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Transition 2012

A guide to foreign policy and the 2012 U.S. presidential transition.

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Overnight Roundup: Debate Over Energy Policy Heats Up

by Newsteam Staff
March 8, 2012

Photo of the Day: Workers at Daimler Trucks plant take pictures of U.S. President Barack Obama in Mount Holly, North Carolina March 7, 2012. (Jason Reed/Courtesy Reuters) Photo of the Day: Workers at Daimler Trucks plant take pictures of U.S. President Barack Obama in Mount Holly, North Carolina March 7, 2012. (Jason Reed/Courtesy Reuters)

President Obama Wednesday announced $1 billion in tax credits and grants (Guardian) for alternative-energy cars and trucks while visiting a North Carolina auto plant. If approved by Congress, the tax credits would help up to fifteen cities and towns pay for charging stations for electric cars and biofuel pumps for alternative fuel vehicles to encourage people to switch to electric cars. Obama is also asking Congress to expand the tax credit for advanced vehicles to $10,000 from $7,500, and to include natural gas under the program.

“At the end of the day, it doesn’t matter how much natural gas or flex-fuel or electric vehicles you have if there’s no place to charge them up or fill them up,” Obama said. He also noted that a country that owns 2 percent of global oil reserves and uses 20 percent of the world’s oil can’t drill its way out of high gas prices.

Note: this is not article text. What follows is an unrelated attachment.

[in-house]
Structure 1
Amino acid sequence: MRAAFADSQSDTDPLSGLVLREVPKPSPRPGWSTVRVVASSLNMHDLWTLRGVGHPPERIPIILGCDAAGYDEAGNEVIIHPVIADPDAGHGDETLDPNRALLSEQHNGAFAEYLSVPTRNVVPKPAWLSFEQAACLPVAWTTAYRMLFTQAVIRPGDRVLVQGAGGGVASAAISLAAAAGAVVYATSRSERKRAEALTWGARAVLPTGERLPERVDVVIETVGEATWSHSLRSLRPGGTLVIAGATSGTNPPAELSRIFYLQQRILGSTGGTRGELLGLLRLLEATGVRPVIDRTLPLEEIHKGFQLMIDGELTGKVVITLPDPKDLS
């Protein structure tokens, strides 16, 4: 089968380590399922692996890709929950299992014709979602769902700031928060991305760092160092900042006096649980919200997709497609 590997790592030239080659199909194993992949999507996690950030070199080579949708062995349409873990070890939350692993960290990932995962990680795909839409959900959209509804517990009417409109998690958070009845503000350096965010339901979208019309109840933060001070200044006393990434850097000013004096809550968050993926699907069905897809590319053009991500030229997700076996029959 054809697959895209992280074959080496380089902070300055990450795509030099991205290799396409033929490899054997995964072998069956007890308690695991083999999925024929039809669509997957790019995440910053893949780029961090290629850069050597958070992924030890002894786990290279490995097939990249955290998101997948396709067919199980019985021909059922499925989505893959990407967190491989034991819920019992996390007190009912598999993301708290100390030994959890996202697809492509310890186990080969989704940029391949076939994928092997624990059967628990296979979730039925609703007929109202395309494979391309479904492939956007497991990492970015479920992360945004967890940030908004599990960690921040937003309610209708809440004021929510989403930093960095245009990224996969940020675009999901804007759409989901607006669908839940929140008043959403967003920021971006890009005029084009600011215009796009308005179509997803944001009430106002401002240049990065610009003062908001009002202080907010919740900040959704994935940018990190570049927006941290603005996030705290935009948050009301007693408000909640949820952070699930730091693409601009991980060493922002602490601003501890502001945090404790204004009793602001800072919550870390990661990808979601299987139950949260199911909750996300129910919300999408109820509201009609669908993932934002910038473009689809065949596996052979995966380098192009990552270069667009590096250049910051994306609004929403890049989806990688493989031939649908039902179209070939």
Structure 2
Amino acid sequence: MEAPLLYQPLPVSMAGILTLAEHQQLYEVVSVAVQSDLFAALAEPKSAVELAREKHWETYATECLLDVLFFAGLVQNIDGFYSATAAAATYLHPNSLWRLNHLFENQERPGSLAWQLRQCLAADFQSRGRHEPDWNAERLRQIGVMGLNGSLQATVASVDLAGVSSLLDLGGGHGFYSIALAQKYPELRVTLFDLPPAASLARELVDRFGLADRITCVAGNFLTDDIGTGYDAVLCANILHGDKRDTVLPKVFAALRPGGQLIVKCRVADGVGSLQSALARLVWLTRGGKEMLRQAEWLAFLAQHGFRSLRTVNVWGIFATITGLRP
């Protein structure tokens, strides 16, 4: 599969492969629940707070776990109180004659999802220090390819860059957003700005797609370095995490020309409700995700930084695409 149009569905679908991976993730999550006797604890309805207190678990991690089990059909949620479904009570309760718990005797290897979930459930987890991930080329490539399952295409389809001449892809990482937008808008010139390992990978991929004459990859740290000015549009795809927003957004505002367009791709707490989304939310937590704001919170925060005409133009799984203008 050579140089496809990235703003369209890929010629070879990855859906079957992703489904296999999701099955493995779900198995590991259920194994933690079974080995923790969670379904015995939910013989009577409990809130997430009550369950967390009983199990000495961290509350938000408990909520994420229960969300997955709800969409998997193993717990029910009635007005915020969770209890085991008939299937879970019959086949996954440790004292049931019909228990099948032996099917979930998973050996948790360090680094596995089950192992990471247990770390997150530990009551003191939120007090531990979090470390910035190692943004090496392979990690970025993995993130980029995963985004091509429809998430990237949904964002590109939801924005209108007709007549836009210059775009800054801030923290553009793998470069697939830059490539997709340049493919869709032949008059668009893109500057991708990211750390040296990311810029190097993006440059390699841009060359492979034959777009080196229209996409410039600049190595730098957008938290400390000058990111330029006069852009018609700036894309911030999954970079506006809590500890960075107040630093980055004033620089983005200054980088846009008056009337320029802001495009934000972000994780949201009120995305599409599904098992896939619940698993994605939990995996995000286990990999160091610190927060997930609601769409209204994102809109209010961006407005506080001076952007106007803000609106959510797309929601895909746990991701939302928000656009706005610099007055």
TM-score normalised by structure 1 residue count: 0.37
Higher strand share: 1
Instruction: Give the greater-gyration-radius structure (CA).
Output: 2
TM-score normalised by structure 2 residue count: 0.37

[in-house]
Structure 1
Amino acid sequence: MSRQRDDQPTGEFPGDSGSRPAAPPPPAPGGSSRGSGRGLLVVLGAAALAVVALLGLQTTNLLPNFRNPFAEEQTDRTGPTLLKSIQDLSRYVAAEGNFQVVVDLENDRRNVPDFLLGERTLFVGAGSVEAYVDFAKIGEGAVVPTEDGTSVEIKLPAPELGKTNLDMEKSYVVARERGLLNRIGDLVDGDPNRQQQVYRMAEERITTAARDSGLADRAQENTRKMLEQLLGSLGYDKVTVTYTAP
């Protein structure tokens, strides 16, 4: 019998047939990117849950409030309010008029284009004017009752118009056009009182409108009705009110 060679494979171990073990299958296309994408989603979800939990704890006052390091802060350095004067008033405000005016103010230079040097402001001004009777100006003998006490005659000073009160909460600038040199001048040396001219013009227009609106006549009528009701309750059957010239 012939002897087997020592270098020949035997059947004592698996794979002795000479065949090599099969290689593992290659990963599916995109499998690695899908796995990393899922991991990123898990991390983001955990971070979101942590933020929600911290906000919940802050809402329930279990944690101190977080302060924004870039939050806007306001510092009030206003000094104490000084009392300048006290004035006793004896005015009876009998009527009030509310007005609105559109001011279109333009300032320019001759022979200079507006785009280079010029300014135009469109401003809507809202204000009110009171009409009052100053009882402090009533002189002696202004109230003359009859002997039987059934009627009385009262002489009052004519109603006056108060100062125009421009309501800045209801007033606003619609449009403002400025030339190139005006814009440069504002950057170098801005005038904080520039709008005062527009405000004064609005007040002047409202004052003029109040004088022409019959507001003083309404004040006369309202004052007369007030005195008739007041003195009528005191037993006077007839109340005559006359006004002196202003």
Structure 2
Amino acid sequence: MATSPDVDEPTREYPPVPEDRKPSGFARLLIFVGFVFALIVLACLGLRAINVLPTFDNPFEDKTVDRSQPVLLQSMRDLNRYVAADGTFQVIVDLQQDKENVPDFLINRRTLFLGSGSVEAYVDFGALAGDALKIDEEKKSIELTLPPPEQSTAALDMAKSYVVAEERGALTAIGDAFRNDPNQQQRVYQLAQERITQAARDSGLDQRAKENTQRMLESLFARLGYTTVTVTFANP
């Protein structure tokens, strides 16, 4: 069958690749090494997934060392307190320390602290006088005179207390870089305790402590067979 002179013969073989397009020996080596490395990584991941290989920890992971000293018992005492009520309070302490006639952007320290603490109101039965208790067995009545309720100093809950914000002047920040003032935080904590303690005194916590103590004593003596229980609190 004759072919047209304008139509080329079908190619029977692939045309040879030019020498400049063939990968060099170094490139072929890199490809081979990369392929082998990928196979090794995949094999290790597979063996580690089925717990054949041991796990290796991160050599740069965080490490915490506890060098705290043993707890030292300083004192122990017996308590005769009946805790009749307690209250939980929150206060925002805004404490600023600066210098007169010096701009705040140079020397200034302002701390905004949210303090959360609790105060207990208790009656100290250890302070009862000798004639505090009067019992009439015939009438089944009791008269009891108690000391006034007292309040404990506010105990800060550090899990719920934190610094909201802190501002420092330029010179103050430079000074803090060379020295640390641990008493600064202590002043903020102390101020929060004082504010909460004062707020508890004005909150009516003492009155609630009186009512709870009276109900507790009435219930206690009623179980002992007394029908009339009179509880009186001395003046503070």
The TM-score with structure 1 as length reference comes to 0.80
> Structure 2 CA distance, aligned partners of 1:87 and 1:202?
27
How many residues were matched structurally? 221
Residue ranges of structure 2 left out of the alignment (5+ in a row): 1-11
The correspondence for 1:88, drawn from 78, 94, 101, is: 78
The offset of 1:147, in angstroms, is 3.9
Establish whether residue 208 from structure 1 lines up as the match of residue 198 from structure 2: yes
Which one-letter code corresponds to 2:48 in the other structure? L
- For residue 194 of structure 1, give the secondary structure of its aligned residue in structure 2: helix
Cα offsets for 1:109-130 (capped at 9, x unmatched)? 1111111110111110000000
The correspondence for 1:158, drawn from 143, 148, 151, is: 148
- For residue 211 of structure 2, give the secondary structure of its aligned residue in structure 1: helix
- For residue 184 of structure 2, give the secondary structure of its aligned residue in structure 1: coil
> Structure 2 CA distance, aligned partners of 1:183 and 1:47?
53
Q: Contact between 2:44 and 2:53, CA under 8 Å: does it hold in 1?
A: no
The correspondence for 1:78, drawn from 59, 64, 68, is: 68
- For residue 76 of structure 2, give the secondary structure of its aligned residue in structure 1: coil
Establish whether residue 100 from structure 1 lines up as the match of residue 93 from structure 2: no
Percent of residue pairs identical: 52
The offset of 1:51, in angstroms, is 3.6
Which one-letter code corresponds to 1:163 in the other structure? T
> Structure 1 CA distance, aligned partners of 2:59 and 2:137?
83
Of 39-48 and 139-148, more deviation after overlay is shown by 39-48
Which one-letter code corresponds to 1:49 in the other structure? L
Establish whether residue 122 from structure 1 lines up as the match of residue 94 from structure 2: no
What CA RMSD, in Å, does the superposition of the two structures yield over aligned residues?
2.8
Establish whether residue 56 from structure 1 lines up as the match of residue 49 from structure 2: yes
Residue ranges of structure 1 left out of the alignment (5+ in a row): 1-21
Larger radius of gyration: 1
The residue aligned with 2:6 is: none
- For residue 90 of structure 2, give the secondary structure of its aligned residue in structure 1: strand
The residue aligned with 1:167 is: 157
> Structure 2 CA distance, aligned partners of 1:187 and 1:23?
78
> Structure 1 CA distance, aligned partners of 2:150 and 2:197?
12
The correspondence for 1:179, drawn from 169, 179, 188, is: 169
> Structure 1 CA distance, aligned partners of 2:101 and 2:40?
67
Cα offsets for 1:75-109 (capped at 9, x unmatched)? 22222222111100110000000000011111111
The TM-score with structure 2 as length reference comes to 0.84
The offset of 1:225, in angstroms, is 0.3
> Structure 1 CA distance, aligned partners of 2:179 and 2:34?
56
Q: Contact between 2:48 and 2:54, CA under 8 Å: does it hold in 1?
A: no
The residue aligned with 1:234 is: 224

A debate over gas prices is sparking on the campaign trail. GOP candidate Mitt Romney, in response to the Obama announcement (LAT), said the energy policy that needs to be pursued is increasing production domestically, including more drilling offshore and opening the Arctic National Wildlife Refuge in Alaska for drilling.

Republican candidate Newt Gingrich has made several comments about his energy policies bringing gas prices down to $2.50 per gallon and is asking supporters to tweet #250gas.

CFR’s Michael Levi takes a look at what gas rising prices really mean in the 2012 race. And the Washington Post’s Dana Milbank noted Wednesday that the Republican National Committee has asked the party faithful to take up the issue of high gas prices — in spite of the fact that domestic oil output has sharply increased “to the highest level in nearly a decade and is expected to continue expanding.”


GOP candidates, President Obama, and voters see tensions with Iran over its nuclear program and Tehran’s threats to close the oil route through the Straits of Hormuz as one of the causes for rising gas prices as tension continues to grow. The United Nations Security Council released a statement Thursday (CNN) calling for a sustained dialogue with Iran without preconditions. Though Iran offered on Tuesday to let international nuclear inspectors in – after details are agreed upon – reports came Wednesday that satellite images show a cleanup project (AP) at Iran’s suspected nuclear site, a possible indication that a nuclear-weapon trigger has already been tested.

The GOP candidates have had strong words for Iran, with threats running the gamut of further sanctions to military action. President Obama has said there is still time for diplomacy.

Contributing Editor Gayle S. Putrich and Senior Editor Toni Johnson

 

 

 

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